What Is a Cohabitant?

What Is a Cohabitant?

California is a diverse state that treats traditional and nontraditional families equally. Because of this, you do not need to be in a married partnership to commit domestic violence. Under California law, domestic violence is not limited to married spouses. It can also occur between two people who are closely related, who have a child in common, or who live together or have lived together. Someone whom you live with but are not related to through blood or marriage would be called a cohabitant. Cohabitant is defined as someone in a relationship with an unrelated adult living together for long enough period for there to be some permanency in the relationship under California Penal Code 13700 (b). This is somewhat akin to an unregistered domestic partner although it does not grant the cohabitants any special rights like a registered domestic partnership does. This definition still leaves some ambiguity as to what kind of relationship you must have to be considered a cohabitant. There is no rigid standard for a cohabitant relationship. It will be determined at the court's discretion. The court will take into consideration whether you and the victim had sexual relations, share your income or expenses, jointly hold any property such as a house or car, and the length and consistency of the relationship on the whole. Simply holding yourself out to be husband and wife is not sufficient to define your relationship as cohabitants, but this will be one of the considering factors the court will weight. Cohabitant is distinguished from a spouse, whom you are related to, a roommate, or someone whom you are in a dating or engaged relationship with that you may not necessarily live with.

You can be charged with a domestic violence offense for directing violence toward a past or present cohabitant. California's domestic violence laws covers not just violence between spouses, but between cohabitants as well. California's two most common domestic violence crimes both include cohabitants as potential victims. You can be charged with corporal injury on an spouse or intimate partner if you willfully inflict injury on a cohabitant and that cohabitant suffers from a traumatic condition; in other words, a definite physical injury. This is a felony charge punishable by jail or prison time and/or a fine of up to $6,000. You could be charged with spousal battery, a slightly less serious offense, if you willfully inflict injury but no traumatic condition results from it. Spousal battery is not limited to just spouses and is punishable by up to one year in a county jail and/or of a fine of up to $2,000. Domestic violence crimes can sometimes carry with them more severe sentences than crimes against someone whom you are not in a close relationship with, so the definition of domestic violence and whom it can be directed at is very important to be aware of.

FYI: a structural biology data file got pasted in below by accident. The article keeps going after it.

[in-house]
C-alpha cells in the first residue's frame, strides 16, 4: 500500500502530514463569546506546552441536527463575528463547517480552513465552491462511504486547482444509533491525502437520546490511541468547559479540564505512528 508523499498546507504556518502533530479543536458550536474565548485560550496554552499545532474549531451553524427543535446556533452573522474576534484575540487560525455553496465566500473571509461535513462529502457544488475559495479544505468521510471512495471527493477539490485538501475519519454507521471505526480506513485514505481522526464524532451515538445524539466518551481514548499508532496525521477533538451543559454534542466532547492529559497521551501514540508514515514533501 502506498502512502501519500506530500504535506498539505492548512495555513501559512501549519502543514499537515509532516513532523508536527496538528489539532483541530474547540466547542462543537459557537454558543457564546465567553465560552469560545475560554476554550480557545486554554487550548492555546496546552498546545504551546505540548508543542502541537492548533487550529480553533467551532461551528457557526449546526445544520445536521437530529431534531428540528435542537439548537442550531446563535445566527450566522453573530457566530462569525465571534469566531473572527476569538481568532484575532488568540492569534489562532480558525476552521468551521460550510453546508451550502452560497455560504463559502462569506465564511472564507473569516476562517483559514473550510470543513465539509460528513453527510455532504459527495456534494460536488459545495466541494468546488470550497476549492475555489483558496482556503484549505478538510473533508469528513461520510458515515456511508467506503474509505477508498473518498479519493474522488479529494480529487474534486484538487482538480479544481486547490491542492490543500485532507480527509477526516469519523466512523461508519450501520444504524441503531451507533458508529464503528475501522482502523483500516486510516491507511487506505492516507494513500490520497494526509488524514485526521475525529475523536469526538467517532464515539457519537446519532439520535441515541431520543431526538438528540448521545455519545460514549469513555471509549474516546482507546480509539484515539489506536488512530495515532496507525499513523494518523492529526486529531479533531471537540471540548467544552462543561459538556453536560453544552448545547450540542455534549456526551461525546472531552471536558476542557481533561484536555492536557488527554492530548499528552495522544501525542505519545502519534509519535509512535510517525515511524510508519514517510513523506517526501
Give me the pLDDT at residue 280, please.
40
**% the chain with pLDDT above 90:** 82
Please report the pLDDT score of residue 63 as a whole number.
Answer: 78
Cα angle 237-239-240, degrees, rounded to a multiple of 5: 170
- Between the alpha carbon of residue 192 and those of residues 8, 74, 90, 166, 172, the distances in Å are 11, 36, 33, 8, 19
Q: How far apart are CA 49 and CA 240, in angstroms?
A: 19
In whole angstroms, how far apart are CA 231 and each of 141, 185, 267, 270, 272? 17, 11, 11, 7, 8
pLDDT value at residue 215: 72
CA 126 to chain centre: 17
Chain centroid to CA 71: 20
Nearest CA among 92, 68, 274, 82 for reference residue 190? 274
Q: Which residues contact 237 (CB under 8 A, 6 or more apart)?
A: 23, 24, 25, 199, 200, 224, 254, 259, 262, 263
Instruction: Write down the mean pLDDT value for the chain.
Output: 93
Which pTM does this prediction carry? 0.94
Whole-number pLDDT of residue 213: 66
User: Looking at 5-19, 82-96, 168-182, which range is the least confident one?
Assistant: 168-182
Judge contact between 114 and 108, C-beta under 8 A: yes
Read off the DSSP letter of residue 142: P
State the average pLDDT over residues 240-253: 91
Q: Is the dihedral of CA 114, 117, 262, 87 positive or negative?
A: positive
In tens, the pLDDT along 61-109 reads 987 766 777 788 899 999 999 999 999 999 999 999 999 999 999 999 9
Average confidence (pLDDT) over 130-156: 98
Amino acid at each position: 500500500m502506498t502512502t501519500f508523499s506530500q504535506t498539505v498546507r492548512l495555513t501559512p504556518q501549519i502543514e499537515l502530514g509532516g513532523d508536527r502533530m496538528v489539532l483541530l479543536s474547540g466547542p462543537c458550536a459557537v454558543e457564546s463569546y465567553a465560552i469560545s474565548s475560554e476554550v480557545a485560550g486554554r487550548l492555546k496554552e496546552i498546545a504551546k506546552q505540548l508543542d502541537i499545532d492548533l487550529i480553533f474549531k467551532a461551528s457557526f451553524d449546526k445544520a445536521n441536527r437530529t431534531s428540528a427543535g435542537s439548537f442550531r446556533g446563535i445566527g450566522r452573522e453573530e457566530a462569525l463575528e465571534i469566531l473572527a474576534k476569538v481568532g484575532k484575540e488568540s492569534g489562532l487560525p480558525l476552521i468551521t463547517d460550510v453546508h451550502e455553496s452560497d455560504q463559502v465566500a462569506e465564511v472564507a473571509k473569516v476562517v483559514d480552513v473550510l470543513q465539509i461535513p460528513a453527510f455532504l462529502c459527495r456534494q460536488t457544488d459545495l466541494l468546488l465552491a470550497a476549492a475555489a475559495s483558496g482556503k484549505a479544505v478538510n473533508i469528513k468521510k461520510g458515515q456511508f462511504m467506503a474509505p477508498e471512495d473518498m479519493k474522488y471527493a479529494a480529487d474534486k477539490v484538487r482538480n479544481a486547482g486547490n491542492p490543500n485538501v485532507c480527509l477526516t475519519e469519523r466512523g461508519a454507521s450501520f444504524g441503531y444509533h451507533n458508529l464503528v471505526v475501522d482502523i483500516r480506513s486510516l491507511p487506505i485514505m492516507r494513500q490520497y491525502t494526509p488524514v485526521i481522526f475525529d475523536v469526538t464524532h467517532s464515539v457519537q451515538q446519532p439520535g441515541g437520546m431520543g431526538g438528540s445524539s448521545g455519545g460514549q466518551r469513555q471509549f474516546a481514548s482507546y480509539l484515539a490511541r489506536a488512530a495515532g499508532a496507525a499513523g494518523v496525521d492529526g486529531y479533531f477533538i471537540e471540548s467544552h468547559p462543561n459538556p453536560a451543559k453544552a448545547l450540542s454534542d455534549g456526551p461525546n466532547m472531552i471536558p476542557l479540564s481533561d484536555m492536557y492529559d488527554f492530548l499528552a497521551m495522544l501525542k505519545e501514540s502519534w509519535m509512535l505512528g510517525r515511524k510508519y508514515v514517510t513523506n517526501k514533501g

It is important to note that a cohabitant of yours can get a domestic violence restraining order against you as well. These too are not limited to violence between spouses. Restraining orders should be taken very seriously even if they do not arise from a criminal charge. Violating a restraining order can result in fines and jail time. If you harm someone who does not fall into the category of cohabitant or any of the other potential victims for a domestic violence crime, you can still be charged with assault or battery. These are still serious crimes, but do not have the same implications domestic violence crimes do.

Domestic violence offenses are serious. They can cause you to lose some of your rights, such as gun ownership, prevent you from holding certain jobs or volunteer positions, and can even cause deportation. Consult with an experienced California domestic violence defense attorney right away if you are being charged with a domestic violence offense against a spouse or cohabitant. An attorney can advise you on what penalties you may face and what defense options you have. False domestic violence allegations are not uncommon in California, and you could be falsely charged and convicted without skilled legal representation.

Do you have questions about domestic violence charges? If so, contact attorney Christopher Martens and his legal team for expert counsel. Experienced in domestic violence defense, our Visalia area legal team will work hard to defend your rights and your dignity. With over ten years of exclusive criminal defense experience, Christopher Martens will aggressively defend your rights and will not be afraid to take your case all the way to trial. Call our Visalia or Hanford, CA offices at 559-967-7386 or email us at MartensLaw@gmail.com for a free consultation.

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